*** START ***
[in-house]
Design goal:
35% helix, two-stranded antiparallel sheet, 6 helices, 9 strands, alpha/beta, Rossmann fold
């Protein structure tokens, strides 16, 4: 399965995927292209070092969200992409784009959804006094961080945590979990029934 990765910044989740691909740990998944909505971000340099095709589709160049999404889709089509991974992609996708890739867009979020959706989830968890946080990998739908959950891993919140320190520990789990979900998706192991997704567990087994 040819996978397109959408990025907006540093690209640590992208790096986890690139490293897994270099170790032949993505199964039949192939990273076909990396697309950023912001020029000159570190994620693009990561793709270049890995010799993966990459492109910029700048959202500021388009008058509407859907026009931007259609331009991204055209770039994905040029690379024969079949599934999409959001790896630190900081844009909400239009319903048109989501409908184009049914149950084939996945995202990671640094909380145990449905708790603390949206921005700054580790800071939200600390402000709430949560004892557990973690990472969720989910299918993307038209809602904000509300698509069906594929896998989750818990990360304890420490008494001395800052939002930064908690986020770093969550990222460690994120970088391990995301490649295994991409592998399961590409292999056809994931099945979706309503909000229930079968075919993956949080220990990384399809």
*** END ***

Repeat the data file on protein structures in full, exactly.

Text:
[in-house]
Design goal:
35% helix, two-stranded antiparallel sheet, 6 helices, 9 strands, alpha/beta, Rossmann fold
């Protein structure tokens, strides 16, 4: 399965995927292209070092969200992409784009959804006094961080945590979990029934 990765910044989740691909740990998944909505971000340099095709589709160049999404889709089509991974992609996708890739867009979020959706989830968890946080990998739908959950891993919140320190520990789990979900998706192991997704567990087994 040819996978397109959408990025907006540093690209640590992208790096986890690139490293897994270099170790032949993505199964039949192939990273076909990396697309950023912001020029000159570190994620693009990561793709270049890995010799993966990459492109910029700048959202500021388009008058509407859907026009931007259609331009991204055209770039994905040029690379024969079949599934999409959001790896630190900081844009909400239009319903048109989501409908184009049914149950084939996945995202990671640094909380145990449905708790603390949206921005700054580790800071939200600390402000709430949560004892557990973690990472969720989910299918993307038209809602904000509300698509069906594929896998989750818990990360304890420490008494001395800052939002930064908690986020770093969550990222460690994120970088391990995301490649295994991409592998399961590409292999056809994931099945979706309503909000229930079968075919993956949080220990990384399809």